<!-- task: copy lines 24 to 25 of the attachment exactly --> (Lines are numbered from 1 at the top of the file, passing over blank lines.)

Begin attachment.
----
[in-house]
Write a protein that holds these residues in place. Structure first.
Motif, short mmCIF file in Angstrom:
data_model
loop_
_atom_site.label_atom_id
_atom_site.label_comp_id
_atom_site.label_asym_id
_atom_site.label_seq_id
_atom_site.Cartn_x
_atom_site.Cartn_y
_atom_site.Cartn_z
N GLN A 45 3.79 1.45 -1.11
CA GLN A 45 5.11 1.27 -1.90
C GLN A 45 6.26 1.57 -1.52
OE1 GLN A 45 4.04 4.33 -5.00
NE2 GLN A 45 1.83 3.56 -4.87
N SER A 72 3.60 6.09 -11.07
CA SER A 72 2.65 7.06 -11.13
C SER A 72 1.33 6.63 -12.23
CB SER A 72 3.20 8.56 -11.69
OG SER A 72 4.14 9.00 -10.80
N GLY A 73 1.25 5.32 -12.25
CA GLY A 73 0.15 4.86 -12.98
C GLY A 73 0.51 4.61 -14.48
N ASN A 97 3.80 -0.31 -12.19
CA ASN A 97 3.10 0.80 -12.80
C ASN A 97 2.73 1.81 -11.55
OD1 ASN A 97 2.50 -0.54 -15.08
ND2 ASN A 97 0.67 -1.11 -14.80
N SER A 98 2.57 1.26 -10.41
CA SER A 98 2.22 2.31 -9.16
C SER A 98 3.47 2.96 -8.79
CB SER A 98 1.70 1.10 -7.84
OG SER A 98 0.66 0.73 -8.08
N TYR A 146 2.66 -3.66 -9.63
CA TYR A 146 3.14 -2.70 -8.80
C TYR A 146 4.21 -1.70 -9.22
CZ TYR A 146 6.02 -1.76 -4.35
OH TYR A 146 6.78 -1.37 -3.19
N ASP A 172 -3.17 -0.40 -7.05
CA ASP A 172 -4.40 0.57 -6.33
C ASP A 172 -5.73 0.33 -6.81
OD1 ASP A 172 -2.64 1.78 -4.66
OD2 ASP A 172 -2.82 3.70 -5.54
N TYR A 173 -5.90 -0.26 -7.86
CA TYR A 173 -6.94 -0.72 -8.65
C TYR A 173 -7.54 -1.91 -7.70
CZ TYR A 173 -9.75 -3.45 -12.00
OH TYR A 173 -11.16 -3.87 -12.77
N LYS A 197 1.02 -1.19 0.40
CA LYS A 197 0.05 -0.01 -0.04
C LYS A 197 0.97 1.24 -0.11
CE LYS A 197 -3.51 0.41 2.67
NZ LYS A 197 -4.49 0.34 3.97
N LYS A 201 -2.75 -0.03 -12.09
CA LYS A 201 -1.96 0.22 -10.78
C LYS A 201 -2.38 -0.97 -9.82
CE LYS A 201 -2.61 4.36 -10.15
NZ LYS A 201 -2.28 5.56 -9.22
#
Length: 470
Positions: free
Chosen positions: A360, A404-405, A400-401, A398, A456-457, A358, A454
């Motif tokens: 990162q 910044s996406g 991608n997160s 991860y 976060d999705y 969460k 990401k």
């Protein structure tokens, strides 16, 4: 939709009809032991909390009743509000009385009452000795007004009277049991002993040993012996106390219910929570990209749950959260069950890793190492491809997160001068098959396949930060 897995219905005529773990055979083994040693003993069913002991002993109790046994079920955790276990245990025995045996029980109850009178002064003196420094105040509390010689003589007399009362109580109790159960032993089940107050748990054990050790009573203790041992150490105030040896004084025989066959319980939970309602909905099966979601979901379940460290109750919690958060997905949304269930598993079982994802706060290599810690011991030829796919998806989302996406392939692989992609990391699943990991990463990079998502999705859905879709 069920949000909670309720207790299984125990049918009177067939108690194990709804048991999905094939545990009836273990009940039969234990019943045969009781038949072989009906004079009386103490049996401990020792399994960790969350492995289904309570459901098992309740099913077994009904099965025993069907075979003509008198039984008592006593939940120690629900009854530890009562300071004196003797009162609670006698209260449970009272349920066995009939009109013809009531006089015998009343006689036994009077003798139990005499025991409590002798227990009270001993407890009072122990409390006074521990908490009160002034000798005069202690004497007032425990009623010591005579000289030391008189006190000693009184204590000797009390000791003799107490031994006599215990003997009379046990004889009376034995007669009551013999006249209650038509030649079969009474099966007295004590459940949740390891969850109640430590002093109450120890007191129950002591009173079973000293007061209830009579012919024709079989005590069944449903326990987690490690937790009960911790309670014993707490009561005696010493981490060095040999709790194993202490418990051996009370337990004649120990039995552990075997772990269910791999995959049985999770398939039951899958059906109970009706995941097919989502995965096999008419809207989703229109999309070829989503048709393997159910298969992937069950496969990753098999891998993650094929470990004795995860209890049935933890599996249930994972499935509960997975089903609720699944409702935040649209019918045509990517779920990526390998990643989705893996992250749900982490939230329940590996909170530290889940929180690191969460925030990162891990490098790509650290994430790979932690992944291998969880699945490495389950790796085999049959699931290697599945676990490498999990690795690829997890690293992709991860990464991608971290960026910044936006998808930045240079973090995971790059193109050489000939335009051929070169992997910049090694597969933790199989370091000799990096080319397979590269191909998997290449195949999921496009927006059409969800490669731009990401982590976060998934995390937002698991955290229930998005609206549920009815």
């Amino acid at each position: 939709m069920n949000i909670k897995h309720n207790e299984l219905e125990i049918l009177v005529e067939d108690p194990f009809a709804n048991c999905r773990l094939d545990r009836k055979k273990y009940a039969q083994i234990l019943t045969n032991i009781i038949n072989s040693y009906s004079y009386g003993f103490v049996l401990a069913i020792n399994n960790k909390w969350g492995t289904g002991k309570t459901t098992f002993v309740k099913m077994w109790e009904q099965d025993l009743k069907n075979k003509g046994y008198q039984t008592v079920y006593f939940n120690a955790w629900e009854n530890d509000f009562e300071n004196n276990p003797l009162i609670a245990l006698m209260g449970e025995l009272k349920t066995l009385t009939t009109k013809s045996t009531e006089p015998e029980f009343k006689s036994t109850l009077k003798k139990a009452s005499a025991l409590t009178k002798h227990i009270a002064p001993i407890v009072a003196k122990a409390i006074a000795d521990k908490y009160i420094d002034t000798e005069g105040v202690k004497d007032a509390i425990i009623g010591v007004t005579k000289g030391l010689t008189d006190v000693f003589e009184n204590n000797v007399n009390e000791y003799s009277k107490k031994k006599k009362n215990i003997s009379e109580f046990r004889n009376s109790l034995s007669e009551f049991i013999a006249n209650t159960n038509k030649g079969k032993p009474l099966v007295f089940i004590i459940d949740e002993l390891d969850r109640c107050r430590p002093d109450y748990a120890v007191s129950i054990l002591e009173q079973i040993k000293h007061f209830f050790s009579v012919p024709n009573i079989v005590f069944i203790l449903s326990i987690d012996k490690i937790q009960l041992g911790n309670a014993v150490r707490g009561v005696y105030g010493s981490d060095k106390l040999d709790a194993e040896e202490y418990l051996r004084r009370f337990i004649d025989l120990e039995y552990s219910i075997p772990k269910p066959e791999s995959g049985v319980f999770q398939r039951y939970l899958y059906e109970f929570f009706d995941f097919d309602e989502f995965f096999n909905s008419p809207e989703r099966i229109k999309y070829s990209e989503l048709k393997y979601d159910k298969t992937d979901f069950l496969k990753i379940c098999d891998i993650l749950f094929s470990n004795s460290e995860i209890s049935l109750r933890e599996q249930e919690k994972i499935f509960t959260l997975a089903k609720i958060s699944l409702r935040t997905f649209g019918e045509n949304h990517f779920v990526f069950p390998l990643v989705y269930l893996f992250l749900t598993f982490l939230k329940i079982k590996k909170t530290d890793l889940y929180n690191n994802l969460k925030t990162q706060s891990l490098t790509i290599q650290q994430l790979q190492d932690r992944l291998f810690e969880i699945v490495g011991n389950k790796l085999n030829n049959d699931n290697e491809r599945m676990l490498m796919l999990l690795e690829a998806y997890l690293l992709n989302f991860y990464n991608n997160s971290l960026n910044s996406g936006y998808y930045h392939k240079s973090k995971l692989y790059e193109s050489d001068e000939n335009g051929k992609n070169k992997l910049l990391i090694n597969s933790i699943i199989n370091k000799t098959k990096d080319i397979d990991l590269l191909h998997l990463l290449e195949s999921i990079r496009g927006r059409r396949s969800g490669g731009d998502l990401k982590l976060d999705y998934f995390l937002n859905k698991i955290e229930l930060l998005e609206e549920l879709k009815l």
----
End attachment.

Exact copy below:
CA GLY A 73 0.15 4.86 -12.98
C GLY A 73 0.51 4.61 -14.48